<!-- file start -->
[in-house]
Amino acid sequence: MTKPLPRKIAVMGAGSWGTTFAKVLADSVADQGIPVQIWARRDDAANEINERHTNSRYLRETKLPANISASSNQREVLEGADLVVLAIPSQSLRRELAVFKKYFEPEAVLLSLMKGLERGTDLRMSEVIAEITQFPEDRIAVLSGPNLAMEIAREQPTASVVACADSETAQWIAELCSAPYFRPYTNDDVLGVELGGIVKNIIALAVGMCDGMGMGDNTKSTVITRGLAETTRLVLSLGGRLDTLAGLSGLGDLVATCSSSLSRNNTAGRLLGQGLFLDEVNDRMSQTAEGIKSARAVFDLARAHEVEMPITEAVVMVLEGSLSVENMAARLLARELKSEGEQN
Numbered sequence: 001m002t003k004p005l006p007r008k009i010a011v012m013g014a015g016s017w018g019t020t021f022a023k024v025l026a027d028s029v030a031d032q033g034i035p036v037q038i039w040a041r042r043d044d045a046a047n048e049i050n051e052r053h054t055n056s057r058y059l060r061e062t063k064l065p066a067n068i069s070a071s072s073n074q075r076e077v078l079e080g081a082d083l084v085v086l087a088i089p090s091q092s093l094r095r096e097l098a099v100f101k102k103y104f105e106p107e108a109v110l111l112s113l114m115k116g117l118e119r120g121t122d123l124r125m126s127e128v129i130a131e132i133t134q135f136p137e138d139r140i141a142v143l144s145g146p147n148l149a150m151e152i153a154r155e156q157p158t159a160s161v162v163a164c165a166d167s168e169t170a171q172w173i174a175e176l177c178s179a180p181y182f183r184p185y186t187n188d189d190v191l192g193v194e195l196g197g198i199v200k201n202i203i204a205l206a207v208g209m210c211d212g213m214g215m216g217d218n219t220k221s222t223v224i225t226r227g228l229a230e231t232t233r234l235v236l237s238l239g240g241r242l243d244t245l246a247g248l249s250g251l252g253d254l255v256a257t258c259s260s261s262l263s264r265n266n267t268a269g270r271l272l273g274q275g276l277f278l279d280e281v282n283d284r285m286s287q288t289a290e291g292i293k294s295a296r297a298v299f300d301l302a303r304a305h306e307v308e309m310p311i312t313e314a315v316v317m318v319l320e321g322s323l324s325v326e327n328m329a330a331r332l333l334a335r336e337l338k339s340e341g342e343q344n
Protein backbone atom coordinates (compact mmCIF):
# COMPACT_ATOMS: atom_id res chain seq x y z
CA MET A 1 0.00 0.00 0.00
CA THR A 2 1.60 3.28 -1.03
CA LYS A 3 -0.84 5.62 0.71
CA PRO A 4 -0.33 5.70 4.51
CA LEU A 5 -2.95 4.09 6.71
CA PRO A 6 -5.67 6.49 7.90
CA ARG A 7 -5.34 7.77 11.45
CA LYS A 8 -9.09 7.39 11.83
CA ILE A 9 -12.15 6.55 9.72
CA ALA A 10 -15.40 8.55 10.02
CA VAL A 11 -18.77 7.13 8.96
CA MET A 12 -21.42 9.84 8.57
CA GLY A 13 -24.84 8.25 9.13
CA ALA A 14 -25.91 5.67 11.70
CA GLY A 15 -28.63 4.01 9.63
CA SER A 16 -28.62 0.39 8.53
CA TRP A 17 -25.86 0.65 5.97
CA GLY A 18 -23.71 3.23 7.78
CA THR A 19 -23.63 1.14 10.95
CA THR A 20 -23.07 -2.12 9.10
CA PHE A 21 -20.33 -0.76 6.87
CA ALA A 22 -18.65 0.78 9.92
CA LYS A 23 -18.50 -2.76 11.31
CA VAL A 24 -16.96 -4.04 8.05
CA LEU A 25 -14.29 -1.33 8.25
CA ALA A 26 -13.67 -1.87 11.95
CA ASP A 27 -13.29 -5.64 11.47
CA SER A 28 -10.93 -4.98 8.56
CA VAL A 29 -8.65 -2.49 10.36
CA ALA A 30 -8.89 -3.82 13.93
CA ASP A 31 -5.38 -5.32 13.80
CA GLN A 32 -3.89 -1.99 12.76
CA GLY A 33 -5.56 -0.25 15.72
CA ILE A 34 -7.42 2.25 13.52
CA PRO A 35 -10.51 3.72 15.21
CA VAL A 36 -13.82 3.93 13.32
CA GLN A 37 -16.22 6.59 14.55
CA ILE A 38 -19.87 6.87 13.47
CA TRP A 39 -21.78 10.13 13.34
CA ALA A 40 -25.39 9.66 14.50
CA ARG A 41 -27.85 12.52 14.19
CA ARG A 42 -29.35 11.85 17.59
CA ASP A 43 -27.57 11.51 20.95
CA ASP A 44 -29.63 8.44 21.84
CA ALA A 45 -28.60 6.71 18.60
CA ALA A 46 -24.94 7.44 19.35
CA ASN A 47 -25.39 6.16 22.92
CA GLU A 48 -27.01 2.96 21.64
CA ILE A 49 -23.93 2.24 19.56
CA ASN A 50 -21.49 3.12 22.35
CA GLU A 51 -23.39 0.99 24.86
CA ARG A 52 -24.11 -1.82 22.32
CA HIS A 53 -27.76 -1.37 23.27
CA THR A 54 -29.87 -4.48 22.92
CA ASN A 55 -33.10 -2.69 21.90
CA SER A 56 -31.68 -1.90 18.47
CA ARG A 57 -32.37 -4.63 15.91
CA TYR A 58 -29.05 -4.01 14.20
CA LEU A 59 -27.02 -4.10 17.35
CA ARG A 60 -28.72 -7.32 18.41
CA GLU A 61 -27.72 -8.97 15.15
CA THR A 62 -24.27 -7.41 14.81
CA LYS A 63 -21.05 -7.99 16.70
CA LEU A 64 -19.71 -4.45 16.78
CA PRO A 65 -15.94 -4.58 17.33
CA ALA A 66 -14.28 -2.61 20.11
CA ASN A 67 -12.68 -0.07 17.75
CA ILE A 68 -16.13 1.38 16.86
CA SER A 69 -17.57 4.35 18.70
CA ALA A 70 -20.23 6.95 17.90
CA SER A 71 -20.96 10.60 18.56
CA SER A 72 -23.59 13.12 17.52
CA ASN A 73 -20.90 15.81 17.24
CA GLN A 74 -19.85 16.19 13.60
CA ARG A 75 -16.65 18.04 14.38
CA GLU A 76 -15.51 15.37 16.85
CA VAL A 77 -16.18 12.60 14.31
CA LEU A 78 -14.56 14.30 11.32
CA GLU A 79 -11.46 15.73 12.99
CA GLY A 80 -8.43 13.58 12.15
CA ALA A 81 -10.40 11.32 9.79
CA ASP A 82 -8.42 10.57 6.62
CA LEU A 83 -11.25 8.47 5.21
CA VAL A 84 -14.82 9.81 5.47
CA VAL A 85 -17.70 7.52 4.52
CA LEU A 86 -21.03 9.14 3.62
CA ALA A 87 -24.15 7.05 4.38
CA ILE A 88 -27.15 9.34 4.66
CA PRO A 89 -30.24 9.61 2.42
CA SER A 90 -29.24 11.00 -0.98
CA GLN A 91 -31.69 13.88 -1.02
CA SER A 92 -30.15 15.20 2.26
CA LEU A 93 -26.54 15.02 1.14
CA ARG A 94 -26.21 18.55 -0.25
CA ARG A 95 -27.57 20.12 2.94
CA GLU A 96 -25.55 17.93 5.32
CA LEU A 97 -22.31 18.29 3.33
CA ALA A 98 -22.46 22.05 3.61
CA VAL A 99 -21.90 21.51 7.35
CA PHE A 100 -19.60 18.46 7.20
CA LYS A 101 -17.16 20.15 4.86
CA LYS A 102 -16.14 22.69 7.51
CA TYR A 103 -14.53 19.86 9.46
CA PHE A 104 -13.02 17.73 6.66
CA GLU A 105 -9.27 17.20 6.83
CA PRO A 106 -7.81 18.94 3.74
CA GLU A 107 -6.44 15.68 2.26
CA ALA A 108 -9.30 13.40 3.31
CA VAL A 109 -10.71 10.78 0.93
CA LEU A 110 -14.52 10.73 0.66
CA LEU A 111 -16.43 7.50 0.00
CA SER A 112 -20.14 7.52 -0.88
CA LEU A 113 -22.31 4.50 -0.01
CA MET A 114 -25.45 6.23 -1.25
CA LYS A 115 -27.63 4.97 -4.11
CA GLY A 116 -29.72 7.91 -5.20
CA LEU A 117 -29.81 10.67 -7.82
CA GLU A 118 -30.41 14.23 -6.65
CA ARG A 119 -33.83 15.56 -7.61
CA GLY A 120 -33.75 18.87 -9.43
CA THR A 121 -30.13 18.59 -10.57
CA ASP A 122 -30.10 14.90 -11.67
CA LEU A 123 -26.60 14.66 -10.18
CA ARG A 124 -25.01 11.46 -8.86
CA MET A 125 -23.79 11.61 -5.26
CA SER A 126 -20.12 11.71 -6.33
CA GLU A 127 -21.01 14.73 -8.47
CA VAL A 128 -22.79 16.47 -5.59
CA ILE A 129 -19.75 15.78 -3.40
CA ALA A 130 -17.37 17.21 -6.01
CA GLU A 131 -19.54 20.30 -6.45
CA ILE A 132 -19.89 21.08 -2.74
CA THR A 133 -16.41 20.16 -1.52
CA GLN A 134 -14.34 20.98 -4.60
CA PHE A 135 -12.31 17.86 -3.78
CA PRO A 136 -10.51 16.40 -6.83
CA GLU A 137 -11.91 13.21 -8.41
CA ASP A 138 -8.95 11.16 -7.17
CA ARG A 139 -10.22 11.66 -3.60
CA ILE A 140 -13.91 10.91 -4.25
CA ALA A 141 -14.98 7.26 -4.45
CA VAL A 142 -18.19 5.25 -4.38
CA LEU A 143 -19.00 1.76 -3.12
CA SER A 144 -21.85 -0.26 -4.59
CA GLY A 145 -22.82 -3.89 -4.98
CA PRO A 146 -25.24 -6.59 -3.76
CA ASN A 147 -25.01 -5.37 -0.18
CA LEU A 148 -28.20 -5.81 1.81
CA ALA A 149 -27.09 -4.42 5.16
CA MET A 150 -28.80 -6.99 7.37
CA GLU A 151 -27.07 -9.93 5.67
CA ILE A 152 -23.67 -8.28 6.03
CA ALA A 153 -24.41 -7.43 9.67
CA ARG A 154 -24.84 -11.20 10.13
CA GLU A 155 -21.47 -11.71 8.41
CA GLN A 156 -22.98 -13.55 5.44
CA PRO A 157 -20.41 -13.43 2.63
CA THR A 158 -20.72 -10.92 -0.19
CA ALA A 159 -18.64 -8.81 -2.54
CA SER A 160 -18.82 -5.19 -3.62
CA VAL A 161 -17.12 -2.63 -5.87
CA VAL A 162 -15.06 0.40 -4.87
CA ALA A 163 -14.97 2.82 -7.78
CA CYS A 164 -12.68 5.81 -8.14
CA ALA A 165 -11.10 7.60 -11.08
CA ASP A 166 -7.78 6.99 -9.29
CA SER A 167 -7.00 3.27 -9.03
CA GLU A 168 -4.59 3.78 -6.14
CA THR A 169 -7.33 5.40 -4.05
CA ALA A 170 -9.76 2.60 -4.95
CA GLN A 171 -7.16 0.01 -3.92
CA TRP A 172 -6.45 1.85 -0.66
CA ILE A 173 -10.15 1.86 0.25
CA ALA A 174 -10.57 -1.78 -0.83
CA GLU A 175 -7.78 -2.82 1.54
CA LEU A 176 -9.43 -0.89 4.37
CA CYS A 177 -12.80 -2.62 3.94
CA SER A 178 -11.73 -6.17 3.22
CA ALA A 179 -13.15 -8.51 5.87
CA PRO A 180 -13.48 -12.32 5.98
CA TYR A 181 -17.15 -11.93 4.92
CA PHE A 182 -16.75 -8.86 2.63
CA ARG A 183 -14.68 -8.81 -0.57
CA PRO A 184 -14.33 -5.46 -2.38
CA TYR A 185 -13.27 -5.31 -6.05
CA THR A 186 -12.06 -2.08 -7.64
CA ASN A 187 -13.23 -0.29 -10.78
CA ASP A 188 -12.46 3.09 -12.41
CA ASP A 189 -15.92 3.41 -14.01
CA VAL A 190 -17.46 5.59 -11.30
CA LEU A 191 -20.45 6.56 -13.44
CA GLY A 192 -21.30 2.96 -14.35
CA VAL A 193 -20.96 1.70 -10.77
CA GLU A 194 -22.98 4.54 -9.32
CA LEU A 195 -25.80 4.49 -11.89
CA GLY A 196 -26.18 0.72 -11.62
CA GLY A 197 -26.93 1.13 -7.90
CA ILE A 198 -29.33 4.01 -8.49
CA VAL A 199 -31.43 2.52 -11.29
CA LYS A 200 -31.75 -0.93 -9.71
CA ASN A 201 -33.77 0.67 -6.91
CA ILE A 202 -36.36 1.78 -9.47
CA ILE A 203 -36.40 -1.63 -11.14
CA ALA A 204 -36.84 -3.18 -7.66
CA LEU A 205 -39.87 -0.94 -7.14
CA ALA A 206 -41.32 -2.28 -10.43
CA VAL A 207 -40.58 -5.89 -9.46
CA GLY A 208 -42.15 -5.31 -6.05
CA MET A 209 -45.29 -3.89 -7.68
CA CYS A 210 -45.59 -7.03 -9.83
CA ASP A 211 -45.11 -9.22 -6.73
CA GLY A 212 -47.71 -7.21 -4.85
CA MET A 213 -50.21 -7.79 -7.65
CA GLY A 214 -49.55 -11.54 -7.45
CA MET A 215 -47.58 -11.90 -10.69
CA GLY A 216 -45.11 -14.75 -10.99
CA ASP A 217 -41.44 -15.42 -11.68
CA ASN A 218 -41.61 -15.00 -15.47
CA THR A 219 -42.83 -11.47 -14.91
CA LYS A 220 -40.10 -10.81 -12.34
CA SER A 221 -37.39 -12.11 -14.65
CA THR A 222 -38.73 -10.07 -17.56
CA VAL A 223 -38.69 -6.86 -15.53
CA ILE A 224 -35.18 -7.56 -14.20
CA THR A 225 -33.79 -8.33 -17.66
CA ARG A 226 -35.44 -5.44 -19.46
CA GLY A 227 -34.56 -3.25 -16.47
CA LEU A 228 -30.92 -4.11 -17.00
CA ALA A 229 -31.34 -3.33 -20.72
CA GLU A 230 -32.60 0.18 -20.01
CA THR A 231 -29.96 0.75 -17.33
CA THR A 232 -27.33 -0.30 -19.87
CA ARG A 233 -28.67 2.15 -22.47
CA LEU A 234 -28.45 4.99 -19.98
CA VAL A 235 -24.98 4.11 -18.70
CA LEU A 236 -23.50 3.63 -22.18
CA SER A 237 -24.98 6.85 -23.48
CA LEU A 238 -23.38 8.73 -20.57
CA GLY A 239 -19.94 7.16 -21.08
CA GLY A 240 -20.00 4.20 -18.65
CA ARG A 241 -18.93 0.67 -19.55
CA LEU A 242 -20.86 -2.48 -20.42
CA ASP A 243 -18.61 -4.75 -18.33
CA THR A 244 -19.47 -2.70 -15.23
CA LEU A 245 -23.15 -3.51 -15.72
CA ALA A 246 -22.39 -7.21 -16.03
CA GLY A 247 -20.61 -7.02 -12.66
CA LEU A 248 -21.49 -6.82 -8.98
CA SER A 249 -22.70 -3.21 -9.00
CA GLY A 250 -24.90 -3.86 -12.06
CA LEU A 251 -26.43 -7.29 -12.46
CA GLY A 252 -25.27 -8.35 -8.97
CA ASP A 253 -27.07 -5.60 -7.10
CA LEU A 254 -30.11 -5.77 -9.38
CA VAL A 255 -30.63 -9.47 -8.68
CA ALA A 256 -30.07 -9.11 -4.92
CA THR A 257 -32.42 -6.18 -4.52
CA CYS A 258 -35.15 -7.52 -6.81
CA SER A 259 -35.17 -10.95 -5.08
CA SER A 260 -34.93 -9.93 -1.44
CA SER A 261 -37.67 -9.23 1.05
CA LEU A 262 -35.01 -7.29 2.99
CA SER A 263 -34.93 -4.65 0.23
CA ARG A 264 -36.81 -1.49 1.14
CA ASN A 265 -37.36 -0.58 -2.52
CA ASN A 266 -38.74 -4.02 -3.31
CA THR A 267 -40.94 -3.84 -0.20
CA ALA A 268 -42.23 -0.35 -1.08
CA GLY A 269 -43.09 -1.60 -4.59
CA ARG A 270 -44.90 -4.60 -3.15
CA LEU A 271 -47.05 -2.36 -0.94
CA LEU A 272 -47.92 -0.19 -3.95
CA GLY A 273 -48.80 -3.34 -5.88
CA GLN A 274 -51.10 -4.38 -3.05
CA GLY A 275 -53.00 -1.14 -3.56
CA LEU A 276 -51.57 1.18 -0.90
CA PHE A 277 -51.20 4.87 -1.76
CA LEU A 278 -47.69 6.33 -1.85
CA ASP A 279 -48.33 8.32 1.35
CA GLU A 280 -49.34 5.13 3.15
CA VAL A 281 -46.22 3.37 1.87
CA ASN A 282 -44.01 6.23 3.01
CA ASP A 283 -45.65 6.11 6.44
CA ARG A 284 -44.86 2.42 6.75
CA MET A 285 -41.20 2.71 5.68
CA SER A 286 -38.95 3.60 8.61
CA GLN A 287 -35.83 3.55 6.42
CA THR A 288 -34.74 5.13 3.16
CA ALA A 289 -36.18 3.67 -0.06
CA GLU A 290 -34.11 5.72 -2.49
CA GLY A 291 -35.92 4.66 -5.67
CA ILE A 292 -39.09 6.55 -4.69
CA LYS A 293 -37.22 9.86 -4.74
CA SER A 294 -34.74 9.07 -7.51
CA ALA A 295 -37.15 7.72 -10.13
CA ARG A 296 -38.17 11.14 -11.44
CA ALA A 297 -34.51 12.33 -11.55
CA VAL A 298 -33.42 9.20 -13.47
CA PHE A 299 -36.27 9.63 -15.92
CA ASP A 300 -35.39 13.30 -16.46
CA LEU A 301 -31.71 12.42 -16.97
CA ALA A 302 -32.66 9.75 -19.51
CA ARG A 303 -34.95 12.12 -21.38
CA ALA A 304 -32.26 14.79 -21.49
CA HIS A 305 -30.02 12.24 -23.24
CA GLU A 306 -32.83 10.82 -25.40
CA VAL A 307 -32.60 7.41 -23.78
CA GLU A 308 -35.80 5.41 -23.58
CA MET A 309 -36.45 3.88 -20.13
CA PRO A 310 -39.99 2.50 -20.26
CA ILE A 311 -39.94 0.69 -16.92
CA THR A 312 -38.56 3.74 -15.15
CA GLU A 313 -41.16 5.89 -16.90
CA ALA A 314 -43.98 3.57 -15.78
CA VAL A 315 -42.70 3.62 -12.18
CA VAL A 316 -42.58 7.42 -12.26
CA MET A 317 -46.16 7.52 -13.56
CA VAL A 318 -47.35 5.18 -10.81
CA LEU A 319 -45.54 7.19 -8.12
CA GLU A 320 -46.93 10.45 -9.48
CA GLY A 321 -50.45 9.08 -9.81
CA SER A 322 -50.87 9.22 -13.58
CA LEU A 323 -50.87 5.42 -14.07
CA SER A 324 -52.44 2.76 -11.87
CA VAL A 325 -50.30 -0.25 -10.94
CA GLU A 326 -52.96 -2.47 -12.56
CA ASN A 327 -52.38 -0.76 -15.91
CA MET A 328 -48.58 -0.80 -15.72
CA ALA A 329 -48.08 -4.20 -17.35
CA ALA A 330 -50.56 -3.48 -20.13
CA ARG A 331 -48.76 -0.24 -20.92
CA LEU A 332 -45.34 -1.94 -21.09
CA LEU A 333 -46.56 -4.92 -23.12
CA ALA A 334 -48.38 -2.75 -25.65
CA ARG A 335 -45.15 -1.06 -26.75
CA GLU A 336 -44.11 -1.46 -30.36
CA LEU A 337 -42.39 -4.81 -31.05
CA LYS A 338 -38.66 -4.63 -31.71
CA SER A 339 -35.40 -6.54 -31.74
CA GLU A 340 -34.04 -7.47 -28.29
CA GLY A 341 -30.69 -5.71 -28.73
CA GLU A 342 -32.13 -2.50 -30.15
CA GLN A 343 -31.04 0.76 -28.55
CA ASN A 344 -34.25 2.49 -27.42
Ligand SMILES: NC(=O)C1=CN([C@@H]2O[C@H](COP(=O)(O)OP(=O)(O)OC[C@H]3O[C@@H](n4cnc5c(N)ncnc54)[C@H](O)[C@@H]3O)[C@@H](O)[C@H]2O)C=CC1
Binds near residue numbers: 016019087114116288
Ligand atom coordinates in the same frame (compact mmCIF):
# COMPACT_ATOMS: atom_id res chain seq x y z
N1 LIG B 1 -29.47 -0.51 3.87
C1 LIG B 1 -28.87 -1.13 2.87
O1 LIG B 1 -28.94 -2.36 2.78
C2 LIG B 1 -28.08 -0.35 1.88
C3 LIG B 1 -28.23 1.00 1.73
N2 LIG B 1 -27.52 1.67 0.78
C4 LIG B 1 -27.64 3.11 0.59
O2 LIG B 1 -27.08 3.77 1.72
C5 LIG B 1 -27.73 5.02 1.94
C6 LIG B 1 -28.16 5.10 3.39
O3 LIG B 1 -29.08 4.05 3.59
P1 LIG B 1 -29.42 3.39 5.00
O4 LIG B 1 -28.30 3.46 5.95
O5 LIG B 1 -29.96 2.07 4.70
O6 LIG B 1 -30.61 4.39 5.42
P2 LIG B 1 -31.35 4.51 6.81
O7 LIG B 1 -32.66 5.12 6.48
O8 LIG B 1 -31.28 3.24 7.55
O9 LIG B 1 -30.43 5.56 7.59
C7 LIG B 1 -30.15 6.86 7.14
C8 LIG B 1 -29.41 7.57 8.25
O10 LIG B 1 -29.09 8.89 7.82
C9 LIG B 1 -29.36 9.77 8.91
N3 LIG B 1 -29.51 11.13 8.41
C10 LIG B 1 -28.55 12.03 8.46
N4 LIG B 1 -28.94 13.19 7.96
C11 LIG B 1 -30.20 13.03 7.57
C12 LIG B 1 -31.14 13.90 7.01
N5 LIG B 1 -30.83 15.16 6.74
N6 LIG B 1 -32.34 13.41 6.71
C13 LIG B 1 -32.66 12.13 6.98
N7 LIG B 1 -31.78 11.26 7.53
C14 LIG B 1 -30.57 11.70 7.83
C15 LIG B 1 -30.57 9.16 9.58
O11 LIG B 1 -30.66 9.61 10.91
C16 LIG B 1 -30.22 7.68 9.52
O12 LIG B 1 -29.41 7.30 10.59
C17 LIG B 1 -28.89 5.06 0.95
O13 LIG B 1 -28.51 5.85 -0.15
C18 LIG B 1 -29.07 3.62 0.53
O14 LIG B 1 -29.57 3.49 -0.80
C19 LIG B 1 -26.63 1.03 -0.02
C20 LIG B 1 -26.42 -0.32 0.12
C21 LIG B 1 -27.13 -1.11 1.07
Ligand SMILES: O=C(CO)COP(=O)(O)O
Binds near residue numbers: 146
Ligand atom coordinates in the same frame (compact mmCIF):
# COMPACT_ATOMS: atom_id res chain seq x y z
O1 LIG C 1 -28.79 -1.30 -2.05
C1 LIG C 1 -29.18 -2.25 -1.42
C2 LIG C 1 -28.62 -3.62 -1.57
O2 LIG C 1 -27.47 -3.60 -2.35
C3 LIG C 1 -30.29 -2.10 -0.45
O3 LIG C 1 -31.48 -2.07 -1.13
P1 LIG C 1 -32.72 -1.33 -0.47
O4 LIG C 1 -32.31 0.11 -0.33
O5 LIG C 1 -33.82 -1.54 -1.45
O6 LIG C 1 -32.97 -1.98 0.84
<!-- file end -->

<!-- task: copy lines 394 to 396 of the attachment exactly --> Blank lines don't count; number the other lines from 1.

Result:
O14 LIG B 1 -29.57 3.49 -0.80
C19 LIG B 1 -26.63 1.03 -0.02
C20 LIG B 1 -26.42 -0.32 0.12